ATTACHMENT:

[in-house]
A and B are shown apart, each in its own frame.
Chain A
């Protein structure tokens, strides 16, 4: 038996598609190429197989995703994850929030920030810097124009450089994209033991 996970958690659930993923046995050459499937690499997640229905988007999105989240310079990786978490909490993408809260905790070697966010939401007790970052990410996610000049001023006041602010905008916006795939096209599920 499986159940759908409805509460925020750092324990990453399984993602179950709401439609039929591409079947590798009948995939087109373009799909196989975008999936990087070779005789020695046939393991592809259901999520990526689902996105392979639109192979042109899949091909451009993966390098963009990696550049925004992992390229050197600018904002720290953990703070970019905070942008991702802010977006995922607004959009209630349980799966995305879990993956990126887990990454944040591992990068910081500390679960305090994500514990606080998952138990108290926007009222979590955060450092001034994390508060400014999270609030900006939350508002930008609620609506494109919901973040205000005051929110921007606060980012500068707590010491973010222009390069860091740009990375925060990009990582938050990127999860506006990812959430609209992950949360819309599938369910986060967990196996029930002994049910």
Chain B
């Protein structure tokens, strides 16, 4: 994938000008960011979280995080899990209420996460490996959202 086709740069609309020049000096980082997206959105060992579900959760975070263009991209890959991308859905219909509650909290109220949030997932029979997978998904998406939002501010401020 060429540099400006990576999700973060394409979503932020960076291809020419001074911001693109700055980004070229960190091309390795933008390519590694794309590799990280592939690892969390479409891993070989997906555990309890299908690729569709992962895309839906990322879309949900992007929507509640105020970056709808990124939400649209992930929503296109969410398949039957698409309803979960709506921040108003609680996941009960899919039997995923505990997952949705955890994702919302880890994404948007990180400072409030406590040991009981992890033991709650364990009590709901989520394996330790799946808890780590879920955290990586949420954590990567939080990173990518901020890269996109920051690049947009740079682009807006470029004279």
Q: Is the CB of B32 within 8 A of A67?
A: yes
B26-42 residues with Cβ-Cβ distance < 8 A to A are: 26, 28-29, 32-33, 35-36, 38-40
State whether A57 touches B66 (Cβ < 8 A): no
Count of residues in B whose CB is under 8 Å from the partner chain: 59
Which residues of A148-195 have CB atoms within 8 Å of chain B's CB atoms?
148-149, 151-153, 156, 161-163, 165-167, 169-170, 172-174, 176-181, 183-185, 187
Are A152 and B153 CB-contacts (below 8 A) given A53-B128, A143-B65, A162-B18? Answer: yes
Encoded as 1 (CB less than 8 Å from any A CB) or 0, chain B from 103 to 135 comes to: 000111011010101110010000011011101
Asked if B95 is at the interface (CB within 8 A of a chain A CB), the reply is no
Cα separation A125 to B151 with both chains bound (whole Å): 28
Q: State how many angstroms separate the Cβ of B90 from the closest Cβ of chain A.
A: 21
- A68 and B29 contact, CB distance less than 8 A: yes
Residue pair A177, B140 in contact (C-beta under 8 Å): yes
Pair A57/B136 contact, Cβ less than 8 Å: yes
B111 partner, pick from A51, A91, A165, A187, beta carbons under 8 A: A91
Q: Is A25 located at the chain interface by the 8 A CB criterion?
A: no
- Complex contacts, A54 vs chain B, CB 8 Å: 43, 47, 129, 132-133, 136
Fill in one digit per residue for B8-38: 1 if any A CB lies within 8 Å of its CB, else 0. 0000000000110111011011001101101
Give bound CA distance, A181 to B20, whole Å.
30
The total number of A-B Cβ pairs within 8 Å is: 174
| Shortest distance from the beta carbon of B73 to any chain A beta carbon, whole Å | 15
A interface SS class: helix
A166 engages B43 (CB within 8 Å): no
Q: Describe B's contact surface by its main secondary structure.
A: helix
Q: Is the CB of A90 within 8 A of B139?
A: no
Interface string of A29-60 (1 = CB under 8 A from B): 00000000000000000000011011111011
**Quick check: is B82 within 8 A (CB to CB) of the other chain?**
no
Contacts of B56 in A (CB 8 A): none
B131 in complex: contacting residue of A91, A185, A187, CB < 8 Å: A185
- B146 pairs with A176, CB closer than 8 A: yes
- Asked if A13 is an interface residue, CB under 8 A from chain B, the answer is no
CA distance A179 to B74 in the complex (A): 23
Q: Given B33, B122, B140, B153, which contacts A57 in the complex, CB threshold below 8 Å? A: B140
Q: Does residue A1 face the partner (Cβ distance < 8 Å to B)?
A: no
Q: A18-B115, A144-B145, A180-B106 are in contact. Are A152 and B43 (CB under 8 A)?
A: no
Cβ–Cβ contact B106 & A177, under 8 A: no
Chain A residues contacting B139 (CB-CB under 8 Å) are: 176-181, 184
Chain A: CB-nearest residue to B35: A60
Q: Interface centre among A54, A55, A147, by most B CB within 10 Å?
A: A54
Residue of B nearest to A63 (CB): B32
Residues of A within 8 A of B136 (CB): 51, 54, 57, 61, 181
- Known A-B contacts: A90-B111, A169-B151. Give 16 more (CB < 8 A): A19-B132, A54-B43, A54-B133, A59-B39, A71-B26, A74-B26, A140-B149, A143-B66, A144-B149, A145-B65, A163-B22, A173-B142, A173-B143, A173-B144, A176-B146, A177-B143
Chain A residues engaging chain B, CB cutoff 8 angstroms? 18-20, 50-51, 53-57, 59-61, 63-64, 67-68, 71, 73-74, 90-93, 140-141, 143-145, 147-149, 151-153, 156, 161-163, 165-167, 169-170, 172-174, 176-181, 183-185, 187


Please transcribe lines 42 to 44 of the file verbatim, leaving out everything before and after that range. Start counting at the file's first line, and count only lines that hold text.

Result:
B131 in complex: contacting residue of A91, A185, A187, CB < 8 Å: A185
- B146 pairs with A176, CB closer than 8 A: yes
- Asked if A13 is an interface residue, CB under 8 A from chain B, the answer is no